Fulfilling the care needs of Australia's ageing population
From emergency assistance to fall prevention and detection, medication administration and additional assistance for those with impairments and care needs, technology is paving a new approach to care. Innovative solutions and products now play a central role in the life of, and offer a new model of positive ageing for, many elderly and at-risk Australians.
Last year, the Royal Commission into Aged Care Quality and Safety revealed that innovation and technology can and should be utilised across Australian aged-care facilities and assisted care at home. Change is clearly in the air, and technology encourages older Australians to maintain independence, functionality and a higher quality of life.
New research published in the Medical Journal of Australia shows almost 60% of aged-care residents are living in facilities with “unacceptable” staff levels compared with global staffing benchmarks. To bring all Australian aged-care homes up to adequate staffing levels would require a 20% increase in the number of aged-care staff.
The numbers make a clear case that the existing system is failing to deliver the care Australians need and expect. Elderly Australians deserve a model of care that fulfils both their social and clinical needs. The union of artificial intelligence (AI), technology and automation with the practical and effective coordination of nurses may provide the solution.
Bridging the ‘care gap’
From cutting-edge sensors to virtual reality and smartphone apps, innovations in technology are underwriting a fundamental shift in the aged-care sector. While wearables and the Internet of Things (IoT) were once the gold standard, AI and robotics are gaining speed and responding at a faster pace to market conditions, consumer sentiment and regulatory changes.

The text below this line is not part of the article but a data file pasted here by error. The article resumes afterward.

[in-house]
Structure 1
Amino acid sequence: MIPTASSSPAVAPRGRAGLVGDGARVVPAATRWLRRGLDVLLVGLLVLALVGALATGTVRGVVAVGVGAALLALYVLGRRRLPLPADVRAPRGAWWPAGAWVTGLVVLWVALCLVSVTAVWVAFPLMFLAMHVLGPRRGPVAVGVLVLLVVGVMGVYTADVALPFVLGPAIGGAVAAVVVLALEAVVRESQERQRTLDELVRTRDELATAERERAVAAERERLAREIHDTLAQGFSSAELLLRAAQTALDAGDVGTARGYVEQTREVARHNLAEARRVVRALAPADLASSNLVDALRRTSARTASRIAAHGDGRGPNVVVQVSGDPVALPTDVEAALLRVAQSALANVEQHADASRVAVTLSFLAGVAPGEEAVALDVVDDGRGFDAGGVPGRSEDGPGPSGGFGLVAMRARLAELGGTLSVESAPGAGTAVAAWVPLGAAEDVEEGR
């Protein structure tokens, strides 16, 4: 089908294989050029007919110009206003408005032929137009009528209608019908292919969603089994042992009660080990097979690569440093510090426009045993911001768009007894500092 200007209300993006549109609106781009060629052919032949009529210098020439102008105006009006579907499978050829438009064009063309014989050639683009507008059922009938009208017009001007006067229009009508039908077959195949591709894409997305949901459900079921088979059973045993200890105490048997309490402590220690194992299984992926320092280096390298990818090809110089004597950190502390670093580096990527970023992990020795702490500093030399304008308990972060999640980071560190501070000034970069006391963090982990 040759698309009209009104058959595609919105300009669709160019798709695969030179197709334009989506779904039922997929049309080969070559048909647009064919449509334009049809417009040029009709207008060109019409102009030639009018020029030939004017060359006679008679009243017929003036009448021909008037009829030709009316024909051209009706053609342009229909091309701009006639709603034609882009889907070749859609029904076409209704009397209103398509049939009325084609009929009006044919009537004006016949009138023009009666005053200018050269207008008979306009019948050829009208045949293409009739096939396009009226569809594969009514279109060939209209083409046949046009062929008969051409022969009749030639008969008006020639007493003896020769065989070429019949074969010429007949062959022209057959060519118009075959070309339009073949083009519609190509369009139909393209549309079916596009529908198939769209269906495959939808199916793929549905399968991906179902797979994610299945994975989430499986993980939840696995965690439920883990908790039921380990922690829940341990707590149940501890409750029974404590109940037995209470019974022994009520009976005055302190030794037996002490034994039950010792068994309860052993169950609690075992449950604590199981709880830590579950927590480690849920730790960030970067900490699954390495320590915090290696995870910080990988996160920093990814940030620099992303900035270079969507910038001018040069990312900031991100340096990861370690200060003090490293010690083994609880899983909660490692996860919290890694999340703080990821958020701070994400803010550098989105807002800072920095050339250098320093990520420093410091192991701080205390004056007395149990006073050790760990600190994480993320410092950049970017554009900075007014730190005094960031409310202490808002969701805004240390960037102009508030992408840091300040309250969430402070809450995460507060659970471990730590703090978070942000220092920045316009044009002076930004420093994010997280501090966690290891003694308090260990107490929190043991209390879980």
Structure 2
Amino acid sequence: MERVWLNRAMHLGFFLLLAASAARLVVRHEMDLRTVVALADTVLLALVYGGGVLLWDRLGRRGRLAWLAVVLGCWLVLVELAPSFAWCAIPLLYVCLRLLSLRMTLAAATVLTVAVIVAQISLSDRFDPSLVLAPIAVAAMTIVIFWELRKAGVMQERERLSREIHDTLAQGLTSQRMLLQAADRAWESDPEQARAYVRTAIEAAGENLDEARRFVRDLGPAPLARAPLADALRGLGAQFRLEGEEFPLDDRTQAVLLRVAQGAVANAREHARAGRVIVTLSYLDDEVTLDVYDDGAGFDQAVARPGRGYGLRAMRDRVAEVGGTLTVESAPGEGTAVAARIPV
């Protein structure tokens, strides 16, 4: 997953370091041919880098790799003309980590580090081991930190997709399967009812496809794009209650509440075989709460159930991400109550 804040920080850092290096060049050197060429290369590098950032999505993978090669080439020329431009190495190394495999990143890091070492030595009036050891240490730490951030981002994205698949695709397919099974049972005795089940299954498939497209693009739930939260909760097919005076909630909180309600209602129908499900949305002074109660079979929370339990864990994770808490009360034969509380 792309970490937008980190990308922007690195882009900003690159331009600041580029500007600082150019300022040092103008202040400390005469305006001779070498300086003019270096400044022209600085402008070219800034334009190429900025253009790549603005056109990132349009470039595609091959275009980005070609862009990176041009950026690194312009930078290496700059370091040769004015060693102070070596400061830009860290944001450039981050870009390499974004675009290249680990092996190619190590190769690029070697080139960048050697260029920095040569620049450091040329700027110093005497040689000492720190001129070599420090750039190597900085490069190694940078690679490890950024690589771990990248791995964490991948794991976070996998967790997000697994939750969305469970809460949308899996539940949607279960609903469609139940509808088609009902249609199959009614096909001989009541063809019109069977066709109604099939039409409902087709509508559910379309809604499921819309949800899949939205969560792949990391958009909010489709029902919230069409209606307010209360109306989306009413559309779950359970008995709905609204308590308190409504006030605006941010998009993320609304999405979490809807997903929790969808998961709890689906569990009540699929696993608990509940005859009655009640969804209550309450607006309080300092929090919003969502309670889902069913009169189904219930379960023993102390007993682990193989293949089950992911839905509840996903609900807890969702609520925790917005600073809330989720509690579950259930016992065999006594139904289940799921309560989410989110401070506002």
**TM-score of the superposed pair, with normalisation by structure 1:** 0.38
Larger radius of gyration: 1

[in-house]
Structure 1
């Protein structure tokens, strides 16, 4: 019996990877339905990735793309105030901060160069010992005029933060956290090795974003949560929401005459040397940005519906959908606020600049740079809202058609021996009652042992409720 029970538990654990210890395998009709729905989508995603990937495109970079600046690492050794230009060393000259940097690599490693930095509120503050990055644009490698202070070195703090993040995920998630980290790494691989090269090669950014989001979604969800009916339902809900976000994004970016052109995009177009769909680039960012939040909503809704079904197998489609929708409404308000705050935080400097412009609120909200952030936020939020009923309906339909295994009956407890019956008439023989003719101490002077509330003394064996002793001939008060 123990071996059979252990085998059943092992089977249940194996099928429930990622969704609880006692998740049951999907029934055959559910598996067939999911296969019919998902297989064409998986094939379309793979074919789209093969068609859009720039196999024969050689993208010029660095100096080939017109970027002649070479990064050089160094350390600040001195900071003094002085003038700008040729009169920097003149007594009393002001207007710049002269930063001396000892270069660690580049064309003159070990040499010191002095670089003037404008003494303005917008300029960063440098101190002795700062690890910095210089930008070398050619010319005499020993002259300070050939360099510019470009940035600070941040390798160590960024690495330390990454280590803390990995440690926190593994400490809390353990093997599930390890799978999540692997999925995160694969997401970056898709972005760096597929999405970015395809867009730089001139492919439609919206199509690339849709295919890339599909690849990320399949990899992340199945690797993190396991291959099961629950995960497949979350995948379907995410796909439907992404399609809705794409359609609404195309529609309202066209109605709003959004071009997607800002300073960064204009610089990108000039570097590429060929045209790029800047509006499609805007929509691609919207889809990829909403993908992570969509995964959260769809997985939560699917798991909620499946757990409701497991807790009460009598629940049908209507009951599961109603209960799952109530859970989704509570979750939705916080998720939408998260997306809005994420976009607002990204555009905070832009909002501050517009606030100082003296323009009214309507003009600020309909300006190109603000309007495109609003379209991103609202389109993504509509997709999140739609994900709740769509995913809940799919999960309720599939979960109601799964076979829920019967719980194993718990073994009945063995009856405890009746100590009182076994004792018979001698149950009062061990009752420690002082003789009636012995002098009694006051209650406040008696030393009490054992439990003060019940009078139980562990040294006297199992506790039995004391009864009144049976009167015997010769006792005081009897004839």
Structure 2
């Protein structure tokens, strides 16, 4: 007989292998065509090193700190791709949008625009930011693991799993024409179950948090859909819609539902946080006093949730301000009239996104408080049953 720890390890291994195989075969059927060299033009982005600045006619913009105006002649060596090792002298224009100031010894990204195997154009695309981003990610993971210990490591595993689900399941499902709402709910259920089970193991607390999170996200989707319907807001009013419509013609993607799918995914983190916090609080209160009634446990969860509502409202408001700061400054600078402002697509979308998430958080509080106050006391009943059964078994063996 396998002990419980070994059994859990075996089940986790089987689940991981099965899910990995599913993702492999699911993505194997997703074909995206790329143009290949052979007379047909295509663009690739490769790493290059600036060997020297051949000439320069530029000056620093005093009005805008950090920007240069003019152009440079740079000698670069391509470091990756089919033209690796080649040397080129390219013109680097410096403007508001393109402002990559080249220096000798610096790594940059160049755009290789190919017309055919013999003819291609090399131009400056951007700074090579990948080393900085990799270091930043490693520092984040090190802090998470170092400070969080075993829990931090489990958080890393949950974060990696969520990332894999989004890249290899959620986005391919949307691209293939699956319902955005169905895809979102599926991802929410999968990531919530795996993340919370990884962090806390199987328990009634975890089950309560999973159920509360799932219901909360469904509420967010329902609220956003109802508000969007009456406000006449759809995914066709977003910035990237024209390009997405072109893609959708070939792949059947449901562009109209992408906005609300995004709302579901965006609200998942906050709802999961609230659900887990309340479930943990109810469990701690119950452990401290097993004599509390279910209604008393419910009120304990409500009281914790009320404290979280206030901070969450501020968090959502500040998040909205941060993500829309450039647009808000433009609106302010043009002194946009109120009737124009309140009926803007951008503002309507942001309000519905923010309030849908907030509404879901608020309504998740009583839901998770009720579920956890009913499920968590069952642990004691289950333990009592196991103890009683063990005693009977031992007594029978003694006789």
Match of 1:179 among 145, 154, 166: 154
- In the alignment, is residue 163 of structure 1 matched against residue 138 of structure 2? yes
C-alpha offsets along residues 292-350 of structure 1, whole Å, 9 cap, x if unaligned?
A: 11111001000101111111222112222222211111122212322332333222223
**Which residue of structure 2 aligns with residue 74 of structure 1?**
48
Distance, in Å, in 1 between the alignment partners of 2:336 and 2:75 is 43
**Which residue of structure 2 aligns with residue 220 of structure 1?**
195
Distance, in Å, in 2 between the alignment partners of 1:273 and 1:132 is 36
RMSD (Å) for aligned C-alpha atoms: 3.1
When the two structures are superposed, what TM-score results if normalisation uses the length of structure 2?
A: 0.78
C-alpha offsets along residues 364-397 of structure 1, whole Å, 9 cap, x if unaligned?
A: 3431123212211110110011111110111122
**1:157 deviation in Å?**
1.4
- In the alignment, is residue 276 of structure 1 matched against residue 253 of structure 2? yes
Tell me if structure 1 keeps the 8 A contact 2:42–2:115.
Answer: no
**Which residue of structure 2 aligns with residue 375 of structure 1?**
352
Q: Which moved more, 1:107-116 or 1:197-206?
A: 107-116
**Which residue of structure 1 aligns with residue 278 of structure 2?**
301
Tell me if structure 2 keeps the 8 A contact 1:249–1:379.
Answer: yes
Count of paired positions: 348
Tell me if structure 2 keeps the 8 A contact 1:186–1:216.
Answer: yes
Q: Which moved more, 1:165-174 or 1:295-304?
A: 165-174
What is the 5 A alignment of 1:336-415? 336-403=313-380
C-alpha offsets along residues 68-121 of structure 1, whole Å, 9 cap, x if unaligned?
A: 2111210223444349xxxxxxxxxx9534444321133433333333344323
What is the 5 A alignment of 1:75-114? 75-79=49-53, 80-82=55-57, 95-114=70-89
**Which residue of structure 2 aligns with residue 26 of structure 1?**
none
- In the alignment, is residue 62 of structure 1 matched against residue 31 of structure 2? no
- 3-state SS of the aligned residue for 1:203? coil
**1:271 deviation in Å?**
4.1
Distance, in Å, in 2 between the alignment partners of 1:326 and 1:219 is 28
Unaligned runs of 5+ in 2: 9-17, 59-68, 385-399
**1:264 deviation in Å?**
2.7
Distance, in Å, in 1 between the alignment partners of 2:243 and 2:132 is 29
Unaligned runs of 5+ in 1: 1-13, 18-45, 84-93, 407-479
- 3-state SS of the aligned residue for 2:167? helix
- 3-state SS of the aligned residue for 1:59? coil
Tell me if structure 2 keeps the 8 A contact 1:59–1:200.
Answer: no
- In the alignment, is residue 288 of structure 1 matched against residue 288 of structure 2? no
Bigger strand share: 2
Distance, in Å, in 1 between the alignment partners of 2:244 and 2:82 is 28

Introduced in 2019, HomeGuardian.ai is a patented AI device that can detect if a loved one or patient suffers a fall or other abnormal behaviour in the home, hospital or aged-care facility.
Innovative products like HomeGuardian can bridge the ‘care gap’ and transform the independent living, aged-care, disability and hospital sectors in Australia.
Even before the lockdown and restrictions of the pandemic, inadequate levels of staffing and age-old practices impacted the level and quality of care for Australia’s elderly and at-risk population.
HomeGuardian triggers alerts within seconds of a fall or other abnormal behaviour without human intervention. Our world-first technology allows loved ones or care providers the ability to monitor wellbeing 24/7.
No one wants a security camera in their bedroom or bathroom, so our technology is able to monitor someone’s interactions with their surroundings without compromising their privacy or dignity. HomeGuardian also monitors for absence and wandering, and sentiment analysis addresses any decline in a loved one’s health early.
HomeGuardian will allow people to live independently for longer, offer care providers the best incident-detection technology in the world and, crucially, save lives.
East Wimmera Health Services (EWHS) has purchased HomeGuardian.ai to support the delivery of care in their community health services. EWHS Community Health Nurse and Health Navigator Genette Heslop said the care provider decided to implement the device in their community health offering due to the world-first technology.
“Unlike other products on the market, HomeGuardian does not rely on anyone pushing a button. Whether our clients have cognitive or mobility impairments, we like that HomeGuardian is able to monitor their vital signs and alert someone if a fall or abnormal behaviour occurs,” Heslop said.
By leveraging the right technology like HomeGuardian.ai, Australia can move from being the subject of an aged-care Royal Commission to a world leader in how we deliver care to the elderly.
To find out more on HomeGuardian.ai and its smart home device, visit https://homeguardian.ai/.
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